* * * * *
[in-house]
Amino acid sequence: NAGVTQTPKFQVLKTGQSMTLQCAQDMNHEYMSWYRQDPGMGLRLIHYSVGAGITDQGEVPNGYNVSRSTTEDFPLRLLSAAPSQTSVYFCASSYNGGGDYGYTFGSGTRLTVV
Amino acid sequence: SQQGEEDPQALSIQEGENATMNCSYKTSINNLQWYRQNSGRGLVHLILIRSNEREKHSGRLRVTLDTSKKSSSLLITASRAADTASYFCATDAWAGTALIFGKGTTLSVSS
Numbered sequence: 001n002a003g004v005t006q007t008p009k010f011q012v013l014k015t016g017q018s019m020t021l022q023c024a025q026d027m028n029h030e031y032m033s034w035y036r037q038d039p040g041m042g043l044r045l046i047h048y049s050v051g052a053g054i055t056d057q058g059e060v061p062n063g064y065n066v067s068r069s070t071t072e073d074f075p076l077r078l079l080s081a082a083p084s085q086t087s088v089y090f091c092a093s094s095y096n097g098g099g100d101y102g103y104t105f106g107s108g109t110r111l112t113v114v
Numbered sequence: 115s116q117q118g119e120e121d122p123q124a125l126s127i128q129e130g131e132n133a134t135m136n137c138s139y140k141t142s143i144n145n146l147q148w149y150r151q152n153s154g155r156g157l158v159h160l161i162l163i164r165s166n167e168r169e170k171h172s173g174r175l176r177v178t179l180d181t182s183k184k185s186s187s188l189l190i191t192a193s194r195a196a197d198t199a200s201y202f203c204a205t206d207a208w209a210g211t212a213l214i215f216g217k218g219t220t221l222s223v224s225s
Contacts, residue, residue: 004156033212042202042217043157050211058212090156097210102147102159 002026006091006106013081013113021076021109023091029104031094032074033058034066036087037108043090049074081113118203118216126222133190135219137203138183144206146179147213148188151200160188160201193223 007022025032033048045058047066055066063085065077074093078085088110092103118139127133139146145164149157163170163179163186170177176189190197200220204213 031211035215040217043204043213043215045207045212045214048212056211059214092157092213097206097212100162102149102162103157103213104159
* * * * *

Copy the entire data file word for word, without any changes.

[in-house]
Amino acid sequence: NAGVTQTPKFQVLKTGQSMTLQCAQDMNHEYMSWYRQDPGMGLRLIHYSVGAGITDQGEVPNGYNVSRSTTEDFPLRLLSAAPSQTSVYFCASSYNGGGDYGYTFGSGTRLTVV
Amino acid sequence: SQQGEEDPQALSIQEGENATMNCSYKTSINNLQWYRQNSGRGLVHLILIRSNEREKHSGRLRVTLDTSKKSSSLLITASRAADTASYFCATDAWAGTALIFGKGTTLSVSS
Numbered sequence: 001n002a003g004v005t006q007t008p009k010f011q012v013l014k015t016g017q018s019m020t021l022q023c024a025q026d027m028n029h030e031y032m033s034w035y036r037q038d039p040g041m042g043l044r045l046i047h048y049s050v051g052a053g054i055t056d057q058g059e060v061p062n063g064y065n066v067s068r069s070t071t072e073d074f075p076l077r078l079l080s081a082a083p084s085q086t087s088v089y090f091c092a093s094s095y096n097g098g099g100d101y102g103y104t105f106g107s108g109t110r111l112t113v114v
Numbered sequence: 115s116q117q118g119e120e121d122p123q124a125l126s127i128q129e130g131e132n133a134t135m136n137c138s139y140k141t142s143i144n145n146l147q148w149y150r151q152n153s154g155r156g157l158v159h160l161i162l163i164r165s166n167e168r169e170k171h172s173g174r175l176r177v178t179l180d181t182s183k184k185s186s187s188l189l190i191t192a193s194r195a196a197d198t199a200s201y202f203c204a205t206d207a208w209a210g211t212a213l214i215f216g217k218g219t220t221l222s223v224s225s
Contacts, residue, residue: 004156033212042202042217043157050211058212090156097210102147102159 002026006091006106013081013113021076021109023091029104031094032074033058034066036087037108043090049074081113118203118216126222133190135219137203138183144206146179147213148188151200160188160201193223 007022025032033048045058047066055066063085065077074093078085088110092103118139127133139146145164149157163170163179163186170177176189190197200220204213 031211035215040217043204043213043215045207045212045214048212056211059214092157092213097206097212100162102149102162103157103213104159